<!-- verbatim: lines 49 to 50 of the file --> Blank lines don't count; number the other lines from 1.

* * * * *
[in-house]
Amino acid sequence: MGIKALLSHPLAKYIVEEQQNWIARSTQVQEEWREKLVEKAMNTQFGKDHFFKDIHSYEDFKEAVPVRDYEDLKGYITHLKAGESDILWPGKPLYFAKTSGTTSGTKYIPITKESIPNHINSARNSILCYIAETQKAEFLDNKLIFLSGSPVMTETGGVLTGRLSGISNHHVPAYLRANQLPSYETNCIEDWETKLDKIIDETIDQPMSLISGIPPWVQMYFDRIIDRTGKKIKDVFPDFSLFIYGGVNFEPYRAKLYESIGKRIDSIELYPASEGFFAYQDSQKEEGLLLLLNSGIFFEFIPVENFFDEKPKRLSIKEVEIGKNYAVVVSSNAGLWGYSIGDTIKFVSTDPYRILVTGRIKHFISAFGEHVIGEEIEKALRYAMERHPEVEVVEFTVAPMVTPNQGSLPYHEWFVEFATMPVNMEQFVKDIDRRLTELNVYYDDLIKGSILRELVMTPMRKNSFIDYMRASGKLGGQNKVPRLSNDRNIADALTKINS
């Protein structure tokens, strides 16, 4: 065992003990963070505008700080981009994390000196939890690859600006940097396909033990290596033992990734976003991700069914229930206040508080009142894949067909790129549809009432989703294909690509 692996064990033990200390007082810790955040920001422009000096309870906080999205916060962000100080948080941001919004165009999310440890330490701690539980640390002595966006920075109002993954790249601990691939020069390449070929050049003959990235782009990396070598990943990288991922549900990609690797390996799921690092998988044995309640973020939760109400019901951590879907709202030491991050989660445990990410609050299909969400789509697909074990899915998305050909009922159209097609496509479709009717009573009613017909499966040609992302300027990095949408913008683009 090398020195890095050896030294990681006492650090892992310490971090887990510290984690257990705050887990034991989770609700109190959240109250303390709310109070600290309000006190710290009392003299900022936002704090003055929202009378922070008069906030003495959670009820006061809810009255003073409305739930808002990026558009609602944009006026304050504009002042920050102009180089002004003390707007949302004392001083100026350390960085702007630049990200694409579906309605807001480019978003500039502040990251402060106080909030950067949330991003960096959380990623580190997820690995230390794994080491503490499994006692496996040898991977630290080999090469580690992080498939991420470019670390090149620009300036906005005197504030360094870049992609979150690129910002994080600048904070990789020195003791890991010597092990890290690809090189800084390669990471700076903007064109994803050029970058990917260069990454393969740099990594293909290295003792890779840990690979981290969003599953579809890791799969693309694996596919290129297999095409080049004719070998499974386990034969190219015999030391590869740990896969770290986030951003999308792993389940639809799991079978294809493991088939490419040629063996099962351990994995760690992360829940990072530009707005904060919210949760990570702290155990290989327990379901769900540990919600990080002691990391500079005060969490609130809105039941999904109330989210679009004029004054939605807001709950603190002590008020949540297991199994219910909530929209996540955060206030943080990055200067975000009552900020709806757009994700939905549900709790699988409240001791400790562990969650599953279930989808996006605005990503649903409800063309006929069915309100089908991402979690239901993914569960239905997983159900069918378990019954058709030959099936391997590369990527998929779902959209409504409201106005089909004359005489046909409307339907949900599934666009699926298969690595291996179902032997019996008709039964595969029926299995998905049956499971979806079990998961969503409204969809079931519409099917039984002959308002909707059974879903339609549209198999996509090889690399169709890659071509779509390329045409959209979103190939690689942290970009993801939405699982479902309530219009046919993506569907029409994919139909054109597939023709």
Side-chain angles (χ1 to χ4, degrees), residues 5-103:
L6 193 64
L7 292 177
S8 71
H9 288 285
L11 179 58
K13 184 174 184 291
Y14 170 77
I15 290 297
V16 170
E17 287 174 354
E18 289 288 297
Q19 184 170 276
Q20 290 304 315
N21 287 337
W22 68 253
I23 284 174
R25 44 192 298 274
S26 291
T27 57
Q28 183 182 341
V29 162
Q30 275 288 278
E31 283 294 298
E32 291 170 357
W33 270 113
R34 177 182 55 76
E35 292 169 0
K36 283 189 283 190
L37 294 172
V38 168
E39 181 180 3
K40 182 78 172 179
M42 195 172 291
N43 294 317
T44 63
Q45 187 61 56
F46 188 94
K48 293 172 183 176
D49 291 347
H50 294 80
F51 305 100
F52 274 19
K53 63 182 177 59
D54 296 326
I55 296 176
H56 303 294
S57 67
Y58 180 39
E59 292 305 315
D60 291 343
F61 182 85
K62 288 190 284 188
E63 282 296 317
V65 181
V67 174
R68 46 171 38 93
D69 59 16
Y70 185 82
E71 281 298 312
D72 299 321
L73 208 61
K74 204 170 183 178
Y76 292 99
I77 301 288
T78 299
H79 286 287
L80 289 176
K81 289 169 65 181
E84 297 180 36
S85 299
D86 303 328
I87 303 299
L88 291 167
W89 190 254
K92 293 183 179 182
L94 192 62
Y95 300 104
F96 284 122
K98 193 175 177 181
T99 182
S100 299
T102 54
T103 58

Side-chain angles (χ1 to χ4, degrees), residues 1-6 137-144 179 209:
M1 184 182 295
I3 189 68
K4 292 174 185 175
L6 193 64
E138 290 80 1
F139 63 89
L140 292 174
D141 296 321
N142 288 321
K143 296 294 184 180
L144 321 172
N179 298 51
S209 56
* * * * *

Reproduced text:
I55 296 176
H56 303 294